These days, you never know who it is you'll bump into at your local thrift shop. But you probably don't expect to hear the flutter of angel wings amid the racks of used clothing.
Known as one of "the regulars," I frequent thrift stores in search of vintage treasures - the Chanel business suit in mint condition; the Ralph Lauren evening jacket worn only once. Admittedly, I haunt these places not because I need to - though I covet a terrific bargain - but because I'm intrigued by beautiful old clothes. And I love the thrill of the hunt.
More often than not, I also rub elbows with serious shoppers who don't care about couture labels or vintage fashion. They are the careful spenders who can't afford to pay top dollar for the latest trends at the malls. They're looking for warm, practical clothing that won't break the grocery budget - especially during Michigan's frigid winters.
Several weeks ago, I visited one of my favorite thrift haunts in search of the perfect pair of broken-in jeans. Perusing the rows of faded denim, I overheard another customer at the sales register.
"Is this sweater on sale this week?" the shopper asked, holding up a gently used cashmere sweater. "I'd like this for my daughter, but $20 is more than I can spend."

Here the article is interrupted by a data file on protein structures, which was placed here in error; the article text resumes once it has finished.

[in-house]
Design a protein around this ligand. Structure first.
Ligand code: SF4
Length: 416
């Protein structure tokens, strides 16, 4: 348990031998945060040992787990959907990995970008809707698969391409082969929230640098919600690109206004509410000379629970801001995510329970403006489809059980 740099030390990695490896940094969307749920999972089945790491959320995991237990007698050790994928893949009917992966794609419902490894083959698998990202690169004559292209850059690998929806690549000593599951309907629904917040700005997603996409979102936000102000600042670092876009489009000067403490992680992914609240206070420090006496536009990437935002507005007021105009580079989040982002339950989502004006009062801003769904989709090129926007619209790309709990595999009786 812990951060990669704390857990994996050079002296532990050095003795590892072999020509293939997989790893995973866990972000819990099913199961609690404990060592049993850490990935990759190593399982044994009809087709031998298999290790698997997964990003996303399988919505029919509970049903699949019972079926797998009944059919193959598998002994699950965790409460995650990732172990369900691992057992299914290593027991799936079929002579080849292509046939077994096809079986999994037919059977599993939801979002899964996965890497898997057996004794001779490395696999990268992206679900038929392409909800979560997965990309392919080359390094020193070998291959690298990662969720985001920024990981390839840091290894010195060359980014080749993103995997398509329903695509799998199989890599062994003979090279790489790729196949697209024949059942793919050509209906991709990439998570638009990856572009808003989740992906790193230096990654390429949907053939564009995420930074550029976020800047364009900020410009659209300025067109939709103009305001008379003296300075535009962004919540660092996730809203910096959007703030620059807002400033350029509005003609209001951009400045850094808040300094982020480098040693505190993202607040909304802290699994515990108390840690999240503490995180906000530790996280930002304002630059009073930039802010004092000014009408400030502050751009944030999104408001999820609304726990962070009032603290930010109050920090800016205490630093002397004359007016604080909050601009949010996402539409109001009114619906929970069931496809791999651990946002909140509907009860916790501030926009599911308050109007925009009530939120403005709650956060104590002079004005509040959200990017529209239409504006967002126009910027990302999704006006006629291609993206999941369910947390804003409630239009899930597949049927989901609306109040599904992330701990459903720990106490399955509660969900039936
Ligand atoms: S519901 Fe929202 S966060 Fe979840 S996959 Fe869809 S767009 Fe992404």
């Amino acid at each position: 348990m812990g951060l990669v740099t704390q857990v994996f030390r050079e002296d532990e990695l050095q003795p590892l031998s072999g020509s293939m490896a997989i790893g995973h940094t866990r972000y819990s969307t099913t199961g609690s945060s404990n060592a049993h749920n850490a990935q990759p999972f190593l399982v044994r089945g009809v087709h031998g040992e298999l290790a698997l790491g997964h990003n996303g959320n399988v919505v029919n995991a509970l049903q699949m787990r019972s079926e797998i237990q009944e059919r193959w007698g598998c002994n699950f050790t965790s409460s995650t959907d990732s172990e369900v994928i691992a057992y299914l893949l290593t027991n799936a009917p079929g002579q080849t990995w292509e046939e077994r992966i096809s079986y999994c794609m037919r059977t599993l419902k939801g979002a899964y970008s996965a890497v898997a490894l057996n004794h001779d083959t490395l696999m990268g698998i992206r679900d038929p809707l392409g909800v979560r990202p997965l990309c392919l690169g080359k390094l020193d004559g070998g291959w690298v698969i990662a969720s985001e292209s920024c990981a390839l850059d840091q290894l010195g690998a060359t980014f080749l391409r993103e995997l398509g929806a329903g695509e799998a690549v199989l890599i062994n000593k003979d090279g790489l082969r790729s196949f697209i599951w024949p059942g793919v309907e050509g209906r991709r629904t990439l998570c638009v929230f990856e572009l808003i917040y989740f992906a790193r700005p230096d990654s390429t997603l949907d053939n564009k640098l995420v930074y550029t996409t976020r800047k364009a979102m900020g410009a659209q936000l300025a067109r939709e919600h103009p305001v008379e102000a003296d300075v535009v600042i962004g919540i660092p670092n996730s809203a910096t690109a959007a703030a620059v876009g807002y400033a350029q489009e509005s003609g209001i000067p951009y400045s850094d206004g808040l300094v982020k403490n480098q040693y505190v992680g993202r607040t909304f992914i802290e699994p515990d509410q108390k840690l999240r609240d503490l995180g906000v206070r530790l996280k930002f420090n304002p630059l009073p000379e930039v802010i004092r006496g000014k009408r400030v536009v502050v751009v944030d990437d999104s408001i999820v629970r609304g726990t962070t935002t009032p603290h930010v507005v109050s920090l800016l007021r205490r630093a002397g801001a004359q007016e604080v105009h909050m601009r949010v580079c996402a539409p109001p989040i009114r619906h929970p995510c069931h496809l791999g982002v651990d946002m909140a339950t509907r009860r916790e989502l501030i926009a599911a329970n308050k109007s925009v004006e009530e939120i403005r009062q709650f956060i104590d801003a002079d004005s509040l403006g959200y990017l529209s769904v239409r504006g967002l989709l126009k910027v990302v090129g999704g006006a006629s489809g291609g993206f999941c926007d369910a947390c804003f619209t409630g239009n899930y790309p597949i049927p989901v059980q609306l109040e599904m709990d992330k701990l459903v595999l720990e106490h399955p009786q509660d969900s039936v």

The saleswoman behind the counter looked at the price tag, and shook her head kindly but firmly. No, the sweater wasn't on sale that week.
Without missing a beat, another customer near the counter spoke up.
"Please - let me buy that sweater for you," she said. "I woke up today feeling blessed and I want to pass it on."
For a moment, the shop grew quiet, as if everyone in it was momentarily stunned.
It was, after all, a very brave and uncommon thing to do - asking a stranger in need if she'd let you buy her a sweater to give her daughter.
During the season of giving, most of us gladly donate what we can to local charities or worthy mission projects overseas. It's so much easier to scribble a big check to a faceless organization whose needy we will never see. Likewise, we clean out our closets, bundle up our old coats, and drop them in boxes outside the church social hall. It's all so anonymous, really, but we mean well.
Somewhat reluctantly, the woman who wanted the cashmere sweater agreed to let the stranger purchase it for her. Her gratitude was palpable, and the whole store seemed to breathe again.
A heartwarming conversation about real-life goodness followed, and before long, the saleswoman and every customer within earshot were in tears. I dried my eyes on the pair of vintage Calvins I'd uncovered.
Finally composing myself, I walked up to the counter, hoping for a closer look at the benevolent soul who'd just bought a cashmere sweater for someone she'd never met. I wanted to thank her, too, for rekindling the spirit of charity I thought I'd lost.
But like most angels, she'd flitted out the door as quietly as she'd arrived - most likely, on her way to another random act of kindness.